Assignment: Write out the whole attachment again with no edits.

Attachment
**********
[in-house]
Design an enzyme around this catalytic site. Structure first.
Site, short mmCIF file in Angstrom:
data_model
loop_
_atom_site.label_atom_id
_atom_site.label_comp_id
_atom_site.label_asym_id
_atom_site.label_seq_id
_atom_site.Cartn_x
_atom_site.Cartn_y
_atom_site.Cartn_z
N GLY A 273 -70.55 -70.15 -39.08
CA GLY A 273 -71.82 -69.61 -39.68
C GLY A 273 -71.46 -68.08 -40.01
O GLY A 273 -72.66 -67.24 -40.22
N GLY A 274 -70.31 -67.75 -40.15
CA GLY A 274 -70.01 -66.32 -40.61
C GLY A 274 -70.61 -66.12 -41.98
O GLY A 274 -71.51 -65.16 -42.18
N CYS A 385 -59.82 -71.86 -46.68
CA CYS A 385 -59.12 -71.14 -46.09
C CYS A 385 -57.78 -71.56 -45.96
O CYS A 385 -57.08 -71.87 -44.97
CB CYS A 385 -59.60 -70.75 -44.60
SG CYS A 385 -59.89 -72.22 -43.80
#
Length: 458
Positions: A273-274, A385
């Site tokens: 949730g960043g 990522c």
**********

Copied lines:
[in-house]
Design an enzyme around this catalytic site. Structure first.
Site, short mmCIF file in Angstrom:
data_model
loop_
_atom_site.label_atom_id
_atom_site.label_comp_id
_atom_site.label_asym_id
_atom_site.label_seq_id
_atom_site.Cartn_x
_atom_site.Cartn_y
_atom_site.Cartn_z
N GLY A 273 -70.55 -70.15 -39.08
CA GLY A 273 -71.82 -69.61 -39.68
C GLY A 273 -71.46 -68.08 -40.01
O GLY A 273 -72.66 -67.24 -40.22
N GLY A 274 -70.31 -67.75 -40.15
CA GLY A 274 -70.01 -66.32 -40.61
C GLY A 274 -70.61 -66.12 -41.98
O GLY A 274 -71.51 -65.16 -42.18
N CYS A 385 -59.82 -71.86 -46.68
CA CYS A 385 -59.12 -71.14 -46.09
C CYS A 385 -57.78 -71.56 -45.96
O CYS A 385 -57.08 -71.87 -44.97
CB CYS A 385 -59.60 -70.75 -44.60
SG CYS A 385 -59.89 -72.22 -43.80
#
Length: 458
Positions: A273-274, A385
């Site tokens: 949730g960043g 990522c």